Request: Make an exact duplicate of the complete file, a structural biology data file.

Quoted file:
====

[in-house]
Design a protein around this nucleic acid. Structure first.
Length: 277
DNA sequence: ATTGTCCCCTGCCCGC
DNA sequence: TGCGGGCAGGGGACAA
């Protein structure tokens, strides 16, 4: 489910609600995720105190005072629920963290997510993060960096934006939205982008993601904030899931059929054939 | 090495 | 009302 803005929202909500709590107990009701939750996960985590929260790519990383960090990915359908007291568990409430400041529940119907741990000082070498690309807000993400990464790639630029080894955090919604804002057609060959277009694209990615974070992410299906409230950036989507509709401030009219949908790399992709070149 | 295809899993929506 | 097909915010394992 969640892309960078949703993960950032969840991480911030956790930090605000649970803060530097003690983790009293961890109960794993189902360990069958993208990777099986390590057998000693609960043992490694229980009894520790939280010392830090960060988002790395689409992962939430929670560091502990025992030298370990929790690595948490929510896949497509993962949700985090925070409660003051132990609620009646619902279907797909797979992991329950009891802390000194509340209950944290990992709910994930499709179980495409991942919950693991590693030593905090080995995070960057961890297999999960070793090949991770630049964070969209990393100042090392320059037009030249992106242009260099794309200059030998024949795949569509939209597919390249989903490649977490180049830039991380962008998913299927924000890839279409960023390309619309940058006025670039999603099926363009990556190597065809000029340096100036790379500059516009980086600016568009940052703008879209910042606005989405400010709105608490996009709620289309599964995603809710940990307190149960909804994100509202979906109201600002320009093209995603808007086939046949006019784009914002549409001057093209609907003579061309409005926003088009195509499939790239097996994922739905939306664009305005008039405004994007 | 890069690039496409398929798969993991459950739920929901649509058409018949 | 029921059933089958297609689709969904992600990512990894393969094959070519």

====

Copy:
[in-house]
Design a protein around this nucleic acid. Structure first.
Length: 277
DNA sequence: ATTGTCCCCTGCCCGC
DNA sequence: TGCGGGCAGGGGACAA
């Protein structure tokens, strides 16, 4: 489910609600995720105190005072629920963290997510993060960096934006939205982008993601904030899931059929054939 | 090495 | 009302 803005929202909500709590107990009701939750996960985590929260790519990383960090990915359908007291568990409430400041529940119907741990000082070498690309807000993400990464790639630029080894955090919604804002057609060959277009694209990615974070992410299906409230950036989507509709401030009219949908790399992709070149 | 295809899993929506 | 097909915010394992 969640892309960078949703993960950032969840991480911030956790930090605000649970803060530097003690983790009293961890109960794993189902360990069958993208990777099986390590057998000693609960043992490694229980009894520790939280010392830090960060988002790395689409992962939430929670560091502990025992030298370990929790690595948490929510896949497509993962949700985090925070409660003051132990609620009646619902279907797909797979992991329950009891802390000194509340209950944290990992709910994930499709179980495409991942919950693991590693030593905090080995995070960057961890297999999960070793090949991770630049964070969209990393100042090392320059037009030249992106242009260099794309200059030998024949795949569509939209597919390249989903490649977490180049830039991380962008998913299927924000890839279409960023390309619309940058006025670039999603099926363009990556190597065809000029340096100036790379500059516009980086600016568009940052703008879209910042606005989405400010709105608490996009709620289309599964995603809710940990307190149960909804994100509202979906109201600002320009093209995603808007086939046949006019784009914002549409001057093209609907003579061309409005926003088009195509499939790239097996994922739905939306664009305005008039405004994007 | 890069690039496409398929798969993991459950739920929901649509058409018949 | 029921059933089958297609689709969904992600990512990894393969094959070519």